I introduced Jay to my first girlfriend, Lori. While Jay dated quite a bit, he was almost immediately infatuated with Lori, falling quickly and into 16-year old love. We often hung out as the three musketeers as they were truly my two best friends. I was happy for them and not at all jealous.

It was just a year later that Jay would also pass. I was home from school for several weeks due to a severe case of mononucleosis (AKA mono). Jay and I talked often, but he wanted to come and see me before he was to drive to Bethesda and visit his old friends for the weekend. He stopped by and we chatted for a bit before he took off for Maryland. Little did I know that I was the last person he would see when he was alive. Route 15 goes from the Harrisburg, PA area south through Gettysburg and into Emmitsburg, Maryland. At the time, the road was 4-lanes in Pennsylvania, narrowing to a 2-lane road in Maryland.

The story was that Jay fell asleep and crossed the median into northbound traffic. He hit a northbound car that had a young family. The mother and young child died in the crash. Jay lived for a few days until it was determined that he was brain dead with only the machines keeping him alive. He died shortly afterwards.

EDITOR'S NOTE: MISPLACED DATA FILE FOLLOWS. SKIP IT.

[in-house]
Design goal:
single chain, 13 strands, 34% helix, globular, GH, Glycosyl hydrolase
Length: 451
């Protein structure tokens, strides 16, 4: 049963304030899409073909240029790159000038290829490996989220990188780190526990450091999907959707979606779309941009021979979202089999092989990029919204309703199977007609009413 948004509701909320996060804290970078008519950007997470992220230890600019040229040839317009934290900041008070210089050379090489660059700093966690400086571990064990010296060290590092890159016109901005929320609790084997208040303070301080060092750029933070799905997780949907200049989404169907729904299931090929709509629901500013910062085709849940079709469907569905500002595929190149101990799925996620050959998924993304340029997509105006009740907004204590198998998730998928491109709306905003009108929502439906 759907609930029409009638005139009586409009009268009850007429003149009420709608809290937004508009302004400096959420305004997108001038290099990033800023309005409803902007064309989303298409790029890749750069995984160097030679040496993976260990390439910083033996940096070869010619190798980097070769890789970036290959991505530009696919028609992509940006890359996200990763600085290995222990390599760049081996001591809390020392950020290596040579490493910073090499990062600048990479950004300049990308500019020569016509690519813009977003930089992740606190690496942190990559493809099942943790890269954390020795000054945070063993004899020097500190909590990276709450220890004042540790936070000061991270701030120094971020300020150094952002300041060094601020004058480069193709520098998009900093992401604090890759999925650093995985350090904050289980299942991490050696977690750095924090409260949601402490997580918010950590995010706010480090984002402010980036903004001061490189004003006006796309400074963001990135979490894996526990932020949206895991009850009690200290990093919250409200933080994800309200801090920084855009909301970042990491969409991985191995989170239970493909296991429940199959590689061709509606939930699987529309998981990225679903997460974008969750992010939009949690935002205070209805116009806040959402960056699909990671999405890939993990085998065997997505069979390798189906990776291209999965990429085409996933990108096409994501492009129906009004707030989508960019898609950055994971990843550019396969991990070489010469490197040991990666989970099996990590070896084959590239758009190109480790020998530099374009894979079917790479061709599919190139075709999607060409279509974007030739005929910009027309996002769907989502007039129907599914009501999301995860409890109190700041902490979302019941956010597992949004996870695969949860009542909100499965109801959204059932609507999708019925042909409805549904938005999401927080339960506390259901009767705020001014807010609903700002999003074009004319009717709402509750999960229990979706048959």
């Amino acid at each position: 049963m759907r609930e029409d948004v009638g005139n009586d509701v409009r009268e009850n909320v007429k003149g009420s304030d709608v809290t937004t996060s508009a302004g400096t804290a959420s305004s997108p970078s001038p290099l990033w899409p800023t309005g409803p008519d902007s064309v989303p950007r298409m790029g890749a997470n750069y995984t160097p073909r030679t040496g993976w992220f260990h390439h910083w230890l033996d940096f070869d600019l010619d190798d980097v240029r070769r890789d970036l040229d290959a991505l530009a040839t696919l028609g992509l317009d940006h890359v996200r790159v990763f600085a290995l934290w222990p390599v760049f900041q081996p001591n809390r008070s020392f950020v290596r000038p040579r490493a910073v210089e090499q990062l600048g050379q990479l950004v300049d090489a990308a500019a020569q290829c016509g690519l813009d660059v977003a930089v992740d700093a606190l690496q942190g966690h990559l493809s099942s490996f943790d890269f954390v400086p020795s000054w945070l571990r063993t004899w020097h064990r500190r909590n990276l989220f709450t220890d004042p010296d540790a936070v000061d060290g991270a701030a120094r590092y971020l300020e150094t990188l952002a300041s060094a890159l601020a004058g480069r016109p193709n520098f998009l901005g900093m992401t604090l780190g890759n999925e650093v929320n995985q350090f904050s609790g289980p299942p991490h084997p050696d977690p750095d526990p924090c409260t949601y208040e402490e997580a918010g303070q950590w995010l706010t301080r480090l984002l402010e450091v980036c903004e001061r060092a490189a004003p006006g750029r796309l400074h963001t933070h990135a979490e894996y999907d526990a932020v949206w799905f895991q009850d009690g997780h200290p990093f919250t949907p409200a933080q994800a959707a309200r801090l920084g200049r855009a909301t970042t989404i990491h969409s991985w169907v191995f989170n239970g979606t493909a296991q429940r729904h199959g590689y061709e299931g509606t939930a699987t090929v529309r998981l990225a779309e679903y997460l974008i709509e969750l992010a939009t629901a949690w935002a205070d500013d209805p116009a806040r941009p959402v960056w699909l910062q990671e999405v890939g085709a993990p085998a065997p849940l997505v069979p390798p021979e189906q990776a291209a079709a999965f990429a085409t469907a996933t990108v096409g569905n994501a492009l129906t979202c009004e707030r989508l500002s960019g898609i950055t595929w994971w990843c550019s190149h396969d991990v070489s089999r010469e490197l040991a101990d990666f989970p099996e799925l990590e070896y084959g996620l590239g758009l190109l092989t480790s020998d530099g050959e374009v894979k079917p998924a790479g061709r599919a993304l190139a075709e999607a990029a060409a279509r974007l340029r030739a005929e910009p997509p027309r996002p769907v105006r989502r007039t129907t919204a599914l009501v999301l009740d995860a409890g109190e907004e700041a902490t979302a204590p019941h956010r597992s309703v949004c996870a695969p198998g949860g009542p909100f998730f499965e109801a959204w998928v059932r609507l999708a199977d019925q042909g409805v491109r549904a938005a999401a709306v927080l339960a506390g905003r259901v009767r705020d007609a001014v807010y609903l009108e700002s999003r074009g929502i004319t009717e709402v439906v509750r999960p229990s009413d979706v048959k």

Tom and my father went to the police station / tow yard together to get the personal belongings from what was left of the car. Tom told me recently that he greatly appreciated my father for that.

I loved the fact that I was able to share a meal and share some good laughs with Tom again. At nearly 99, he is a joy to be with and am happy to say has been part of my circle of friends for over 45 years.

Last evening, I attended my 35th high school reunion. While I have attended a couple of these in the past, it was 15 years since I’ve seen most of these people in person. Facebook has certainly help close the distance gap through shared photos, stories of our children, news of our divorces, and our jobs. This closed gap made it much easier to recognize those that I hadn’t seen in person in many years. Faces were familiar, stories of kids came easily, and family photos were mostly shown on smartphones. People forgot the normal high school crap, the cliques and the rivalries over members of the opposite sex. Last night, we were all just friends.